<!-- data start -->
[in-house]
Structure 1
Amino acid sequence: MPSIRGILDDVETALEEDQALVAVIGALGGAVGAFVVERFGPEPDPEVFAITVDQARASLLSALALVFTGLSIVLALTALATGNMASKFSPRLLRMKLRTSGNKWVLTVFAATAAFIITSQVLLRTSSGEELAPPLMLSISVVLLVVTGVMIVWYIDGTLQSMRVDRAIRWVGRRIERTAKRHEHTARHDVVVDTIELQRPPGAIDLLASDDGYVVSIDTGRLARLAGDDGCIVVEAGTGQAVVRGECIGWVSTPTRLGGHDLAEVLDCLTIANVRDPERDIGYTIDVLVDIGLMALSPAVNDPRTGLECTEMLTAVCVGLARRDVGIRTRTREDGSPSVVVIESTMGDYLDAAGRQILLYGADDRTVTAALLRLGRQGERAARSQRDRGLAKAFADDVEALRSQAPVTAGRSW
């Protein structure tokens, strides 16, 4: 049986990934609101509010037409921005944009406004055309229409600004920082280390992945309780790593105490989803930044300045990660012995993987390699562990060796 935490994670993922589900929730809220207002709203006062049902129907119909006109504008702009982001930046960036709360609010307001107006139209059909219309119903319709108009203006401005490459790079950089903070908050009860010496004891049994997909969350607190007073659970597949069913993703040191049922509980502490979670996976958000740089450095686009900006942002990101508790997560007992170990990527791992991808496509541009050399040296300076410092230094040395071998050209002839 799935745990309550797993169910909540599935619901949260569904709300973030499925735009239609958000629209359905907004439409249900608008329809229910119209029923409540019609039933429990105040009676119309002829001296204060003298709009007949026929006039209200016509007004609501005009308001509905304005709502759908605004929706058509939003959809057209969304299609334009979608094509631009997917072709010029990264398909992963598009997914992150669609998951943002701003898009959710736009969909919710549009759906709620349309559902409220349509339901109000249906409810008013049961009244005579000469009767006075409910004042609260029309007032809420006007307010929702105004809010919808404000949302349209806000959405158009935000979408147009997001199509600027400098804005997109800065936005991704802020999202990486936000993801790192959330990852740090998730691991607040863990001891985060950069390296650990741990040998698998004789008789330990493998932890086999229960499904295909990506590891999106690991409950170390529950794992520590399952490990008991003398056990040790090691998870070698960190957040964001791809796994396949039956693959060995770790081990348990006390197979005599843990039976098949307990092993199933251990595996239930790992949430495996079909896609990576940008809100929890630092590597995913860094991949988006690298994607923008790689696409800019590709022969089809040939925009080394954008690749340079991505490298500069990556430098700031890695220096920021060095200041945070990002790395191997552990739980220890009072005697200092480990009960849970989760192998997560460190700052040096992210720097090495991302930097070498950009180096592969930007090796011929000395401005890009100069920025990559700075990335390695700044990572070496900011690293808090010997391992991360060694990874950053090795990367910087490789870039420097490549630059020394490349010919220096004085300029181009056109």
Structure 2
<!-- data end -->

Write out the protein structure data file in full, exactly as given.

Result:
[in-house]
Structure 1
Amino acid sequence: MPSIRGILDDVETALEEDQALVAVIGALGGAVGAFVVERFGPEPDPEVFAITVDQARASLLSALALVFTGLSIVLALTALATGNMASKFSPRLLRMKLRTSGNKWVLTVFAATAAFIITSQVLLRTSSGEELAPPLMLSISVVLLVVTGVMIVWYIDGTLQSMRVDRAIRWVGRRIERTAKRHEHTARHDVVVDTIELQRPPGAIDLLASDDGYVVSIDTGRLARLAGDDGCIVVEAGTGQAVVRGECIGWVSTPTRLGGHDLAEVLDCLTIANVRDPERDIGYTIDVLVDIGLMALSPAVNDPRTGLECTEMLTAVCVGLARRDVGIRTRTREDGSPSVVVIESTMGDYLDAAGRQILLYGADDRTVTAALLRLGRQGERAARSQRDRGLAKAFADDVEALRSQAPVTAGRSW
């Protein structure tokens, strides 16, 4: 049986990934609101509010037409921005944009406004055309229409600004920082280390992945309780790593105490989803930044300045990660012995993987390699562990060796 935490994670993922589900929730809220207002709203006062049902129907119909006109504008702009982001930046960036709360609010307001107006139209059909219309119903319709108009203006401005490459790079950089903070908050009860010496004891049994997909969350607190007073659970597949069913993703040191049922509980502490979670996976958000740089450095686009900006942002990101508790997560007992170990990527791992991808496509541009050399040296300076410092230094040395071998050209002839 799935745990309550797993169910909540599935619901949260569904709300973030499925735009239609958000629209359905907004439409249900608008329809229910119209029923409540019609039933429990105040009676119309002829001296204060003298709009007949026929006039209200016509007004609501005009308001509905304005709502759908605004929706058509939003959809057209969304299609334009979608094509631009997917072709010029990264398909992963598009997914992150669609998951943002701003898009959710736009969909919710549009759906709620349309559902409220349509339901109000249906409810008013049961009244005579000469009767006075409910004042609260029309007032809420006007307010929702105004809010919808404000949302349209806000959405158009935000979408147009997001199509600027400098804005997109800065936005991704802020999202990486936000993801790192959330990852740090998730691991607040863990001891985060950069390296650990741990040998698998004789008789330990493998932890086999229960499904295909990506590891999106690991409950170390529950794992520590399952490990008991003398056990040790090691998870070698960190957040964001791809796994396949039956693959060995770790081990348990006390197979005599843990039976098949307990092993199933251990595996239930790992949430495996079909896609990576940008809100929890630092590597995913860094991949988006690298994607923008790689696409800019590709022969089809040939925009080394954008690749340079991505490298500069990556430098700031890695220096920021060095200041945070990002790395191997552990739980220890009072005697200092480990009960849970989760192998997560460190700052040096992210720097090495991302930097070498950009180096592969930007090796011929000395401005890009100069920025990559700075990335390695700044990572070496900011690293808090010997391992991360060694990874950053090795990367910087490789870039420097490549630059020394490349010919220096004085300029181009056109």
Structure 2